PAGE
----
December 9, 2013

"It’s safe to assume that few people in the White House or the defense agencies would be happy to see Time pick Snowden as Person of the Year."

"But that’s just another reason why he deserves the honor," writes John Cassidy in The New Yorker.
Often with the best of intentions—protecting us from terrorists and potential terrorists—governments of both parties have overseen an unprecedented expansion of the surveillance state that bent America’s laws and violated some of its most cherished values. (Ryan’s piece recounts some of the relevant history.) Even now, after all of this year’s revelations, there is no assurance that anything very meaningful will be done to roll back the incursions and to protect the zone of privacy in which all (or most) of us would like to interact, and live.
ADDED: Here's the Ryan Lizza article cited in that parenthetical: "State of Deception/Why won’t the President rein in the intelligence community?"

15 comments:

madAsHell said...

Tax audits all around!!

Matt said...

I've never been clear on whether Time's Person of the Year is supposed to be an honor or just a statement about who had the biggest effect on the world that year.
Hitler was a Person of the Year, but then again bin Laden wasn't in 2001. Maybe it's changed over the decades, too.

Matt said...

I've never been clear on whether Time's Person of the Year is supposed to be an honor or just a statement about who had the biggest effect on the world that year.
Hitler was a Person of the Year, but then again bin Laden wasn't in 2001. Maybe it's changed over the decades, too.

elkh1 said...

"The road to hell is paved with good intentions..."

With the best intentions to thwart Dear Leader's enemies, IRS agents started targeting conservative groups and auditing those who criticized Dear Leader.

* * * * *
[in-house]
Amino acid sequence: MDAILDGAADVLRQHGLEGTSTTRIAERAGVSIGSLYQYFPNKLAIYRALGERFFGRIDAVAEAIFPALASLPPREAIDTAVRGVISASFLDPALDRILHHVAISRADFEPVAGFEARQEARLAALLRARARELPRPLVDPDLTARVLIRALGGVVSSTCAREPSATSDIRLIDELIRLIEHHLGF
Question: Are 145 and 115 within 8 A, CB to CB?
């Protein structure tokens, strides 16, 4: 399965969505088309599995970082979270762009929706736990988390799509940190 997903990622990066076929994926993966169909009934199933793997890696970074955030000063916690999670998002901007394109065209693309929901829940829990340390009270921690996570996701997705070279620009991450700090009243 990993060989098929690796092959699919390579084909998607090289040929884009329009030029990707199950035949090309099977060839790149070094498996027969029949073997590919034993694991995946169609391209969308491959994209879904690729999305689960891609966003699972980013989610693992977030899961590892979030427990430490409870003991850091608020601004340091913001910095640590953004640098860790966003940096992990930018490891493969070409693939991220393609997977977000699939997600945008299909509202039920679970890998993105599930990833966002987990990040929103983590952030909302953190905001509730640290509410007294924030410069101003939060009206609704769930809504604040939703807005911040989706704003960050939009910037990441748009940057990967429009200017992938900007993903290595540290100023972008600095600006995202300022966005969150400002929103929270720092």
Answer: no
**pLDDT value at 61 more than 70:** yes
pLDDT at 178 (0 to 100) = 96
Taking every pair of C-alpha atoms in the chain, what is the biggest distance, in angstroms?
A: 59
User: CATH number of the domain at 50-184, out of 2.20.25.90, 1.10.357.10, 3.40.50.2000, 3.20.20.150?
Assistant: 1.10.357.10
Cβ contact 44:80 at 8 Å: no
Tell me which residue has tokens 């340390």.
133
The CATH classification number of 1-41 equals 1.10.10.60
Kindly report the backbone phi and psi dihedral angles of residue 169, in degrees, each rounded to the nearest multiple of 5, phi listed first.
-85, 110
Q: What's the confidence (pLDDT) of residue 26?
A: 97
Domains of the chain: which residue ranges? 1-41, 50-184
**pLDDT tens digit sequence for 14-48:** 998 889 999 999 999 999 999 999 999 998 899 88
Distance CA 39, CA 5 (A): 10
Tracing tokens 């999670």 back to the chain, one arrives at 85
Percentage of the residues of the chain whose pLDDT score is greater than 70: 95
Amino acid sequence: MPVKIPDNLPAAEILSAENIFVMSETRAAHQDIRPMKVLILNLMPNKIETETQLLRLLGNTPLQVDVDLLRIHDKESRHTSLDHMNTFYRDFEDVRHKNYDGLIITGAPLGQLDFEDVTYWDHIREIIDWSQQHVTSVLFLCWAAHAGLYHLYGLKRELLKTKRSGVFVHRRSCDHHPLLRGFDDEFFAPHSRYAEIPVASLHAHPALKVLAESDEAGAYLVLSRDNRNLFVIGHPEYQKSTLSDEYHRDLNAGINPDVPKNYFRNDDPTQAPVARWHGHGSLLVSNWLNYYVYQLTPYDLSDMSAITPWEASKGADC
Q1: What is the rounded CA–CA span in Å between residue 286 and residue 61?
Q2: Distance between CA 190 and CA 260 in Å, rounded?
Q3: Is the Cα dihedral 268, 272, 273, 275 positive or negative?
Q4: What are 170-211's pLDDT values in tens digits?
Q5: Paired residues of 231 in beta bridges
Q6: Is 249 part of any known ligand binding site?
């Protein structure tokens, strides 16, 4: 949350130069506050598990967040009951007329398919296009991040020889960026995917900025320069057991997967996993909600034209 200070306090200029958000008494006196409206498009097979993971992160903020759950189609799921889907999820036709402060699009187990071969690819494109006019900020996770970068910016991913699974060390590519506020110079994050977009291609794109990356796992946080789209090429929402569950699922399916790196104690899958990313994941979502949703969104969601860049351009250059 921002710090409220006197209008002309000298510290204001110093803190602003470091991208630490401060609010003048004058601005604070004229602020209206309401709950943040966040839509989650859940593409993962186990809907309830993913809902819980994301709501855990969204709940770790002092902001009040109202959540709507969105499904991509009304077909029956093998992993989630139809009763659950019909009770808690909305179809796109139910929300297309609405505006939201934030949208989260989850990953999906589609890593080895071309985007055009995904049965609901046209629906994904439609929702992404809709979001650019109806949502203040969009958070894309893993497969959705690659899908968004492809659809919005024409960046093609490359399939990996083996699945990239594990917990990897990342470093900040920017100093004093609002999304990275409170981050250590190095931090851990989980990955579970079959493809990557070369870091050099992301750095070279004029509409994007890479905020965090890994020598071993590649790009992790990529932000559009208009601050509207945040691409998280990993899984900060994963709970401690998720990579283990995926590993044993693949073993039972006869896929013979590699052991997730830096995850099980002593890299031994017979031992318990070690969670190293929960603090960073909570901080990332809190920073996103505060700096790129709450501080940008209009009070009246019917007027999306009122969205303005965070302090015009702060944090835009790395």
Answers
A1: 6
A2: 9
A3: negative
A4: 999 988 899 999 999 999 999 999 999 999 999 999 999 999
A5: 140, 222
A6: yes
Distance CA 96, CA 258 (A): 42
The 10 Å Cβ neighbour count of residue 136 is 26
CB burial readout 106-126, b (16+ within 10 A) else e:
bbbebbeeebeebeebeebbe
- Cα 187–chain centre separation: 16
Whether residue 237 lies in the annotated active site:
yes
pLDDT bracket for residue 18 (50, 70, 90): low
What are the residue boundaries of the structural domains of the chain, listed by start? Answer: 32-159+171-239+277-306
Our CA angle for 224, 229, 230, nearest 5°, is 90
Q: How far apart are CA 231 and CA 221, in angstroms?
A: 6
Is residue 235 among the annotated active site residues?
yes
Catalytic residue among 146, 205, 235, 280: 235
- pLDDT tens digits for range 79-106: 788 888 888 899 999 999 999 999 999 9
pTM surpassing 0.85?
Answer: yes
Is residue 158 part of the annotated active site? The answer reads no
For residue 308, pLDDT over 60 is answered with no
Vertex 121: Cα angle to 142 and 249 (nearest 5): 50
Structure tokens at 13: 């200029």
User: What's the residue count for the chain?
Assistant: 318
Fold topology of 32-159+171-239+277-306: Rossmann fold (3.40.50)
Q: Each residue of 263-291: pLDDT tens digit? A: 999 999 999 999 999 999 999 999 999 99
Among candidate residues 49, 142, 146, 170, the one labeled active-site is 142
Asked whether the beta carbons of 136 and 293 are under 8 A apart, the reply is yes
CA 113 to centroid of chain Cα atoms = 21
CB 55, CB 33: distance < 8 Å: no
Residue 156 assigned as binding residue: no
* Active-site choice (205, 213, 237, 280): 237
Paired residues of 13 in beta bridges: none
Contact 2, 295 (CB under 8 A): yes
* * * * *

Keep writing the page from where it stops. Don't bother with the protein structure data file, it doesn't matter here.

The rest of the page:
One's good intentions, other's sinister ploys.

Mountain Maven said...

Time magazine? I thought it died. Oh that, my 86 year old mom still reads it. She's a gloria steinem liberal.

Achilles said...

Snowden would be the choice if Time wanted to push a libertarian agenda. Snowden is a genuine hero and he would put Obama on the side of Wrong.

This can't be allowed to happen. Time doesn't want to be audited by the IRS or raided by the FBI.

Carl Pham said...

Goodness, why would they care? Nobody reads Time any more. I didn't know it was still published, actually. I vaguely remember it being sold to Zuck for a $1. Or was that Newsweek being sold to Arianna Huffington's illegal maid for a half kilo of most excellent Humboldt bud? It's hard to keep track of lefty totems.

Robert Cook said...

"I've never been clear on whether Time's Person of the Year is supposed to be an honor or just a statement about who had the biggest effect on the world that year."

The latter.

AJ Lynch said...

Why not the Obamacare law architect [a generic Dem] or the Obamacare website designer?

Curious George said...

If Snowsen came out as gay that would lock it up. I know he would get Althouse's vote.

Tom said...

Whether he's a patriot or a traitor, no doubt Snowden is the most influential person of the year.

(Also, isn't it weird that a fugitive named Snow-den winds up seeking refuge in Russia?)

Paul said...

Actually I do feel Snowden should be 'man of the year'.

He has profoundly affected things.

jimbino said...

It was easy access to Dutch gummint records of their citizens' names, addresses and religions that enabled the Nazis to round up the Dutch Jews with ease.

A nation that spies on its people in the name of national defense is a nation more worthy of destruction than preservation.

I'm fanatical about maintaining my privacy and secrets from gummint. In the old days, we who were cheating on spouses or calling a co-conspirator would drop a dime in a pay phone, preferably calling another pay phone.

That degree of privacy could be revived with better technology: I envision vanilla cellphones installed throughout the world, in every bar and taxi, that would hold only data needed to maintain the cell connection. All records--contact list, call history, personal IDs--would be kept in a removable 32GB card that would also hold pre-pay funds like a cash card to pay for the call. The card funds could be periodically replenished a la Paypal or Skype.

The only metadata available to snoops would be that needed for cell communications, totally stripped of personal data, except perhaps for a time stamp of the call.

PETER V. BELLA said...

Why would any legitimate news entity care what the White House or government agencies thought of their choices? Oh, sorry, forgot, there are no legitimate news entities.

Jason said...

I nominate the newly uninsured.